5 Ways You Can Prototype like Meta's VR Team

Mark Zuckerberg Reveals VR Prototypes

In a recent interview on Adam Savage’s Tested YouTube channel, Mark Zuckerberg and his team introduced various prototypes of their VR devices. Seeing a company so large showcase 3D printed plastics-clad VR prototypes of highly experimental natures is definitely exciting, but it also gives us a glimpse into how innovation takes place at a well-funded innovation lab like Meta’s Reality Labs.

 

Many of you reading our blog are solo or small team entrepreneurs. So why is it important for you to understand the inner workings of the prototyping process of the world’s 11th largest company? As I mentioned earlier, Meta prototypes using off-the-shelf parts and 3D printing too. Their iterative process is no different compared to yours. They may have access to more talent and suppliers, but a manufacturing partner like NexPCB can help solve that problem for you. We will be discussing:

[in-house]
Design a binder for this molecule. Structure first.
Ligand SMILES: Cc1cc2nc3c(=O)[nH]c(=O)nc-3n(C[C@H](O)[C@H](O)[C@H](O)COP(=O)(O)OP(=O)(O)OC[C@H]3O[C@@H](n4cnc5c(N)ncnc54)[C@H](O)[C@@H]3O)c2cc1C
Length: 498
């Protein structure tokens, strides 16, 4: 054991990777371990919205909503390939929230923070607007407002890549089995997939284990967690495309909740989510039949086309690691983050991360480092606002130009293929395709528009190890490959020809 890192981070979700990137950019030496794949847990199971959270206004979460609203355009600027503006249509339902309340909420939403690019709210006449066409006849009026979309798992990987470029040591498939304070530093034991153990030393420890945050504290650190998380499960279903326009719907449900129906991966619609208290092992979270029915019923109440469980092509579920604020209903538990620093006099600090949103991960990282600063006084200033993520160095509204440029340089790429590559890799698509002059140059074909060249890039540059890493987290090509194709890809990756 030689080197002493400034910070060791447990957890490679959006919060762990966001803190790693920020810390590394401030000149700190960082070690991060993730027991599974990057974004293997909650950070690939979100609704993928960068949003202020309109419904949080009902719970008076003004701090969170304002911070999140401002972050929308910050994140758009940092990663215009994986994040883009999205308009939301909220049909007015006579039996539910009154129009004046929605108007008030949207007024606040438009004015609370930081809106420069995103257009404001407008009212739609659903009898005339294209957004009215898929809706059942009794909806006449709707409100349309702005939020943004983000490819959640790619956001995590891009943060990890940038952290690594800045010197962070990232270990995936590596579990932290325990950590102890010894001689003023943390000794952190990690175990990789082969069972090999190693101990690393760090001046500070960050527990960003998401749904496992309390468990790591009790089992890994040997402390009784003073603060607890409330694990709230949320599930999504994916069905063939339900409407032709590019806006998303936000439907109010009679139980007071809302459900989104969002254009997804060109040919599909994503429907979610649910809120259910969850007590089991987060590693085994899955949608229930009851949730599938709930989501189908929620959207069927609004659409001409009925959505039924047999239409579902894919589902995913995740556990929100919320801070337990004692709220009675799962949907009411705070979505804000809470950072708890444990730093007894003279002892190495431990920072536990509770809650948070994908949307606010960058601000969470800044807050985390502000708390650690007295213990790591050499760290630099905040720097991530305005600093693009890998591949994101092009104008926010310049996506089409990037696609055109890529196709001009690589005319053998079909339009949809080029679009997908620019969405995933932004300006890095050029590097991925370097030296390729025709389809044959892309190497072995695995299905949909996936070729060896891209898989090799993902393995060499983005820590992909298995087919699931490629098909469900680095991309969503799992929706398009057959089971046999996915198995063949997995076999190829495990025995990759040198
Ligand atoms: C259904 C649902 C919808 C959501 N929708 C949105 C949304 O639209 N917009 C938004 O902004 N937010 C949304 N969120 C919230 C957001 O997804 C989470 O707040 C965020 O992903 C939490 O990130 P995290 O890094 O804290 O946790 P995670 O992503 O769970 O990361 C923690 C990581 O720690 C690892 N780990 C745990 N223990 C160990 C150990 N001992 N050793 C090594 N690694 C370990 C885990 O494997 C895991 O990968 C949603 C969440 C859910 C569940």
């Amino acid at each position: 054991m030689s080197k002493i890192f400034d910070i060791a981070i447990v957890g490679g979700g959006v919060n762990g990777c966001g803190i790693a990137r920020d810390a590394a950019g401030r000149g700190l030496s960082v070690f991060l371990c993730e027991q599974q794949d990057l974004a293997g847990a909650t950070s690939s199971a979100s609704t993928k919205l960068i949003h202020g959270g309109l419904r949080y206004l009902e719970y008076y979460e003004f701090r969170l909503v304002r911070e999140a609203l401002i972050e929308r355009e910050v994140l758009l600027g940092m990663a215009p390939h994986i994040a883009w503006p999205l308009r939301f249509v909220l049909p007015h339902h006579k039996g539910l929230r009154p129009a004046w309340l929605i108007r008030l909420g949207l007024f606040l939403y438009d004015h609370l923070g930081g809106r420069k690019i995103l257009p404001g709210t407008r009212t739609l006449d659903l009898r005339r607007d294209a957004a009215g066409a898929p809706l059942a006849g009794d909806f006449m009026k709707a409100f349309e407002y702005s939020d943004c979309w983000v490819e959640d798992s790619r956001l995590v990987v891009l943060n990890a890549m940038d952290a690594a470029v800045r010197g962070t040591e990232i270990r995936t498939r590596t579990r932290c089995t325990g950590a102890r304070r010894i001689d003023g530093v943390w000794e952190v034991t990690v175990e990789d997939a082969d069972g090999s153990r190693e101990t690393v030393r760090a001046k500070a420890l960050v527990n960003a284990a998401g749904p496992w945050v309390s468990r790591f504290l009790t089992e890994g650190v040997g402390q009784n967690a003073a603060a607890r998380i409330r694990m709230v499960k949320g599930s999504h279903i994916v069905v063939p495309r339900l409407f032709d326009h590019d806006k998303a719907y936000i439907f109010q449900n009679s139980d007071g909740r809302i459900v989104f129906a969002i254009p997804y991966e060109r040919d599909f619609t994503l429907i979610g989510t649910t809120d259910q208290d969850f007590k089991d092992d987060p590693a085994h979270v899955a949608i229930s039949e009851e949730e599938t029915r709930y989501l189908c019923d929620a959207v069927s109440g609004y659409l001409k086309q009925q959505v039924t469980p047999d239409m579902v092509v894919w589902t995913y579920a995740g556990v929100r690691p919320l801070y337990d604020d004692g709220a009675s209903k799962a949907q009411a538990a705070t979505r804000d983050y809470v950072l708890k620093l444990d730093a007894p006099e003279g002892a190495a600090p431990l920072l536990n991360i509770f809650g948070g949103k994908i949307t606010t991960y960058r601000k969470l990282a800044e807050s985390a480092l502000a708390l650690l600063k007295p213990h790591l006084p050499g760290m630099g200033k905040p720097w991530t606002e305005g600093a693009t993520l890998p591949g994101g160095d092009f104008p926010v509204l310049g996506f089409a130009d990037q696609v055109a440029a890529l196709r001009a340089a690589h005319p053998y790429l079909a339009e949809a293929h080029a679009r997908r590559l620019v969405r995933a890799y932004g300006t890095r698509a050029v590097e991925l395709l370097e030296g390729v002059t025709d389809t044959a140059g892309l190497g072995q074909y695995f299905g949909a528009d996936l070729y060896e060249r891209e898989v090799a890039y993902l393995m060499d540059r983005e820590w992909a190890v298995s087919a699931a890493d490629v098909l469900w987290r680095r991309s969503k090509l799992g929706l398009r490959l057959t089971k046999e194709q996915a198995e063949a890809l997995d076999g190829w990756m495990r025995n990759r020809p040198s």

1. “North Star” Prototypes
  2. Design for Constraints
  3. Looking outside your field to find a solution
  4. Off-the-shelf parts vs custom manufacturing
  5. Time-to-Prototype

If you watched the video already, you can skip here. Otherwise, start reading below, as the video is over 1 hour long and you are too busy for watching that as a hardware innovator:

Experimenting with Reality

Meta has been working on VR headsets since purchasing Oculus back in 2014. Since then, according to Mark Zuckerberg, their goal is to “pass the Visual Turing Test”. For an experience to be realistic, it would require the feeling of presence and photorealism. Photorealism? Sure, just play tethered blockbuster titles like Half Life Alyx. But presence is trickier. It requires hardware to mimic the inner workings of the human eye.

Ideally, a true virtual reality experience would require:

  1. Retina resolution at 60 PPD (Pixels per degree)
  2. Real focus range of the human eye
  3. HDR (realistic brightness and darkness)
  4. Be stereoscopic

vr-headset-futuristic

In order to achieve these, Meta would need to experiment with:

  1. The display (Achieve all the above requirements)
  2. The software (Smart enough to allocate more pixels according to the focus of your eyes)
  3. The silicon (snappy enough to render fast and high res)